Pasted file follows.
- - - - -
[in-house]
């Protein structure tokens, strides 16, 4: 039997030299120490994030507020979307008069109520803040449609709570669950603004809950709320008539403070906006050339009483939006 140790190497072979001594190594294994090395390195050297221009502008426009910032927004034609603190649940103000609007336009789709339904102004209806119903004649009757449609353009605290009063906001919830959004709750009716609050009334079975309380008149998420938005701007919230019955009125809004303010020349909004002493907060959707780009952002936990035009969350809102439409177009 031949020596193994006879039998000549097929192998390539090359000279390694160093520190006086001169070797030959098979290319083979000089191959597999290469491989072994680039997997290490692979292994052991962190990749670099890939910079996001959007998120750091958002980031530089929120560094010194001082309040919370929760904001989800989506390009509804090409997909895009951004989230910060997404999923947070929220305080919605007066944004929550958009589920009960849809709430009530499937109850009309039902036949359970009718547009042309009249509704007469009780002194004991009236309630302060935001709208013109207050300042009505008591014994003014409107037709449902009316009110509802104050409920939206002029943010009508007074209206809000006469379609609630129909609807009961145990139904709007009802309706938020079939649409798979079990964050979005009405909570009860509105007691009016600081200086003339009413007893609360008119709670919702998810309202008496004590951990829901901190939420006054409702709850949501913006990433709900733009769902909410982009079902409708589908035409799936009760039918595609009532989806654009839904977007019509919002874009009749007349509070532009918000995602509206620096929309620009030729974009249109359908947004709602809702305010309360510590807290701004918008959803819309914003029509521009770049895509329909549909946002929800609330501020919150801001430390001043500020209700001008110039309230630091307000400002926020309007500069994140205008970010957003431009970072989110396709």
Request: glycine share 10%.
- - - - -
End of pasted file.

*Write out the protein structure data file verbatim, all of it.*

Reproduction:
[in-house]
């Protein structure tokens, strides 16, 4: 039997030299120490994030507020979307008069109520803040449609709570669950603004809950709320008539403070906006050339009483939006 140790190497072979001594190594294994090395390195050297221009502008426009910032927004034609603190649940103000609007336009789709339904102004209806119903004649009757449609353009605290009063906001919830959004709750009716609050009334079975309380008149998420938005701007919230019955009125809004303010020349909004002493907060959707780009952002936990035009969350809102439409177009 031949020596193994006879039998000549097929192998390539090359000279390694160093520190006086001169070797030959098979290319083979000089191959597999290469491989072994680039997997290490692979292994052991962190990749670099890939910079996001959007998120750091958002980031530089929120560094010194001082309040919370929760904001989800989506390009509804090409997909895009951004989230910060997404999923947070929220305080919605007066944004929550958009589920009960849809709430009530499937109850009309039902036949359970009718547009042309009249509704007469009780002194004991009236309630302060935001709208013109207050300042009505008591014994003014409107037709449902009316009110509802104050409920939206002029943010009508007074209206809000006469379609609630129909609807009961145990139904709007009802309706938020079939649409798979079990964050979005009405909570009860509105007691009016600081200086003339009413007893609360008119709670919702998810309202008496004590951990829901901190939420006054409702709850949501913006990433709900733009769902909410982009079902409708589908035409799936009760039918595609009532989806654009839904977007019509919002874009009749007349509070532009918000995602509206620096929309620009030729974009249109359908947004709602809702305010309360510590807290701004918008959803819309914003029509521009770049895509329909549909946002929800609330501020919150801001430390001043500020209700001008110039309230630091307000400002926020309007500069994140205008970010957003431009970072989110396709």
Request: glycine share 10%.